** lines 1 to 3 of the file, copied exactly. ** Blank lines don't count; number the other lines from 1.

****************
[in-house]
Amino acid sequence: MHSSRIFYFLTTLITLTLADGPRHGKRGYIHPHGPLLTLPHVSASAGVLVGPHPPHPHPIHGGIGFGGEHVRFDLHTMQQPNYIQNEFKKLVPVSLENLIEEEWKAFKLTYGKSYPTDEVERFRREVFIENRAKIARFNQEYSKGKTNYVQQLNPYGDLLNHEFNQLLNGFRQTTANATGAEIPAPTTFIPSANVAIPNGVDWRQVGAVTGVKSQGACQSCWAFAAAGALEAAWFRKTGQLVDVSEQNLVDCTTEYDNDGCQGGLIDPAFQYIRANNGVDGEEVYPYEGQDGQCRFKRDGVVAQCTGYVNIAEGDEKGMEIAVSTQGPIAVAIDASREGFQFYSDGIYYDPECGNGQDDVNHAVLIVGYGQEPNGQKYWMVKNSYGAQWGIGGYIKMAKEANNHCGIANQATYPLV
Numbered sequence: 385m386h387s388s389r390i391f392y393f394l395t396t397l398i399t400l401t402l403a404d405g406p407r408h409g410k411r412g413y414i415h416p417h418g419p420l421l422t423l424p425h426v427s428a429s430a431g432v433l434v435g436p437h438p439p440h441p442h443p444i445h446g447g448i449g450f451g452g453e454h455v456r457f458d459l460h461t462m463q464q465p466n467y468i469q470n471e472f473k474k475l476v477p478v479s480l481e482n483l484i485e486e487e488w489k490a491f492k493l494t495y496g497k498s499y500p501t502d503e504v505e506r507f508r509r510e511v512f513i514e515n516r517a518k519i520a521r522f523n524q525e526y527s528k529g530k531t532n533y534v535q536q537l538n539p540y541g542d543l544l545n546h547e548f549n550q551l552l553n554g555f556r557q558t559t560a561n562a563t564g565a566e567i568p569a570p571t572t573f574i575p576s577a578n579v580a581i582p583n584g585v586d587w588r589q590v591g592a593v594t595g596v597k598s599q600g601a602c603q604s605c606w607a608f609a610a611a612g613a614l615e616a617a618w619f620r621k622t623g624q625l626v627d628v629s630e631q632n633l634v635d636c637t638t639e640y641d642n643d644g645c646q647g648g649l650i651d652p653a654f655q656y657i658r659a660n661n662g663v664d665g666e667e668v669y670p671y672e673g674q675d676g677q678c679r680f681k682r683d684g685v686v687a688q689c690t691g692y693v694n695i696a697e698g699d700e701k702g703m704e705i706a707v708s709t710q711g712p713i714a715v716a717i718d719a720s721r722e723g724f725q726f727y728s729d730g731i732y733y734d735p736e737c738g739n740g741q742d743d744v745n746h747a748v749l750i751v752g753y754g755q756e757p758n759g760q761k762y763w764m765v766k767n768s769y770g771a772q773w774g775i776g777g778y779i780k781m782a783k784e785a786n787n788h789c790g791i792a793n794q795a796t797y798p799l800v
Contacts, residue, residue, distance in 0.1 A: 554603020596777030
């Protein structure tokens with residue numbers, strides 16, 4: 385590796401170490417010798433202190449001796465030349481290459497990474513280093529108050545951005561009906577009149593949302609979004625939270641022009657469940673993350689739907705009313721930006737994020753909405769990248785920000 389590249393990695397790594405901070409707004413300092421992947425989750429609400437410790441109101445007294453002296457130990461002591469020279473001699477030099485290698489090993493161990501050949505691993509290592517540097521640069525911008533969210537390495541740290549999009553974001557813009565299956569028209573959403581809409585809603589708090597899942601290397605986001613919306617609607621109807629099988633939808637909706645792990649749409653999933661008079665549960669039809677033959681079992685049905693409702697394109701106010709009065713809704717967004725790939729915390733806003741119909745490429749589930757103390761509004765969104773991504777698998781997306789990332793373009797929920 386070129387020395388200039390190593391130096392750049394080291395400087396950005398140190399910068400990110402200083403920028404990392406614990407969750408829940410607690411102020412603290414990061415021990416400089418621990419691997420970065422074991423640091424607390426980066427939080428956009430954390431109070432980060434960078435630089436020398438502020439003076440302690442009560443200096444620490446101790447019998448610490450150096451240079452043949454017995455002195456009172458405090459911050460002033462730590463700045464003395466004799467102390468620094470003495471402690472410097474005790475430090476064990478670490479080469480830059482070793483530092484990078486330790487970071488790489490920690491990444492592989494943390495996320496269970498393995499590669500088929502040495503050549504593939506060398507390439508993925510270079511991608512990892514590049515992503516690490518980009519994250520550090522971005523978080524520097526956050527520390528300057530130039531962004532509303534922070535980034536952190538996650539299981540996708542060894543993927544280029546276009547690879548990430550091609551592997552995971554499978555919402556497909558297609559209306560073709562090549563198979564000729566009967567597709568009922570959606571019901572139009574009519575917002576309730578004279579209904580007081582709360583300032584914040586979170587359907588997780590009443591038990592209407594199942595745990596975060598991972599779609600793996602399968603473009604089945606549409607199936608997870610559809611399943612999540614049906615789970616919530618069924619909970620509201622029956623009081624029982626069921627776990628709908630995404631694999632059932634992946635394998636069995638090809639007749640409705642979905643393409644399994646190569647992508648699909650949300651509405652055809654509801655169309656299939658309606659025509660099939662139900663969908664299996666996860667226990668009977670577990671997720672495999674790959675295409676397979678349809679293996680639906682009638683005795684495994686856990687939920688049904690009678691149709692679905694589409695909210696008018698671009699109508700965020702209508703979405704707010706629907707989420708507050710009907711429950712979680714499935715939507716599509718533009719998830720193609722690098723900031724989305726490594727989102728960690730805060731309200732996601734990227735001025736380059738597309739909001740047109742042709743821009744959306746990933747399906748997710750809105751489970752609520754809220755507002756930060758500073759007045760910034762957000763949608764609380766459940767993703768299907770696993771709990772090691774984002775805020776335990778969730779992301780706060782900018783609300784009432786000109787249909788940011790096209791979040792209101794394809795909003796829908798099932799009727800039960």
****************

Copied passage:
[in-house]
Amino acid sequence: MHSSRIFYFLTTLITLTLADGPRHGKRGYIHPHGPLLTLPHVSASAGVLVGPHPPHPHPIHGGIGFGGEHVRFDLHTMQQPNYIQNEFKKLVPVSLENLIEEEWKAFKLTYGKSYPTDEVERFRREVFIENRAKIARFNQEYSKGKTNYVQQLNPYGDLLNHEFNQLLNGFRQTTANATGAEIPAPTTFIPSANVAIPNGVDWRQVGAVTGVKSQGACQSCWAFAAAGALEAAWFRKTGQLVDVSEQNLVDCTTEYDNDGCQGGLIDPAFQYIRANNGVDGEEVYPYEGQDGQCRFKRDGVVAQCTGYVNIAEGDEKGMEIAVSTQGPIAVAIDASREGFQFYSDGIYYDPECGNGQDDVNHAVLIVGYGQEPNGQKYWMVKNSYGAQWGIGGYIKMAKEANNHCGIANQATYPLV
Numbered sequence: 385m386h387s388s389r390i391f392y393f394l395t396t397l398i399t400l401t402l403a404d405g406p407r408h409g410k411r412g413y414i415h416p417h418g419p420l421l422t423l424p425h426v427s428a429s430a431g432v433l434v435g436p437h438p439p440h441p442h443p444i445h446g447g448i449g450f451g452g453e454h455v456r457f458d459l460h461t462m463q464q465p466n467y468i469q470n471e472f473k474k475l476v477p478v479s480l481e482n483l484i485e486e487e488w489k490a491f492k493l494t495y496g497k498s499y500p501t502d503e504v505e506r507f508r509r510e511v512f513i514e515n516r517a518k519i520a521r522f523n524q525e526y527s528k529g530k531t532n533y534v535q536q537l538n539p540y541g542d543l544l545n546h547e548f549n550q551l552l553n554g555f556r557q558t559t560a561n562a563t564g565a566e567i568p569a570p571t572t573f574i575p576s577a578n579v580a581i582p583n584g585v586d587w588r589q590v591g592a593v594t595g596v597k598s599q600g601a602c603q604s605c606w607a608f609a610a611a612g613a614l615e616a617a618w619f620r621k622t623g624q625l626v627d628v629s630e631q632n633l634v635d636c637t638t639e640y641d642n643d644g645c646q647g648g649l650i651d652p653a654f655q656y657i658r659a660n661n662g663v664d665g666e667e668v669y670p671y672e673g674q675d676g677q678c679r680f681k682r683d684g685v686v687a688q689c690t691g692y693v694n695i696a697e698g699d700e701k702g703m704e705i706a707v708s709t710q711g712p713i714a715v716a717i718d719a720s721r722e723g724f725q726f727y728s729d730g731i732y733y734d735p736e737c738g739n740g741q742d743d744v745n746h747a748v749l750i751v752g753y754g755q756e757p758n759g760q761k762y763w764m765v766k767n768s769y770g771a772q773w774g775i776g777g778y779i780k781m782a783k784e785a786n787n788h789c790g791i792a793n794q795a796t797y798p799l800v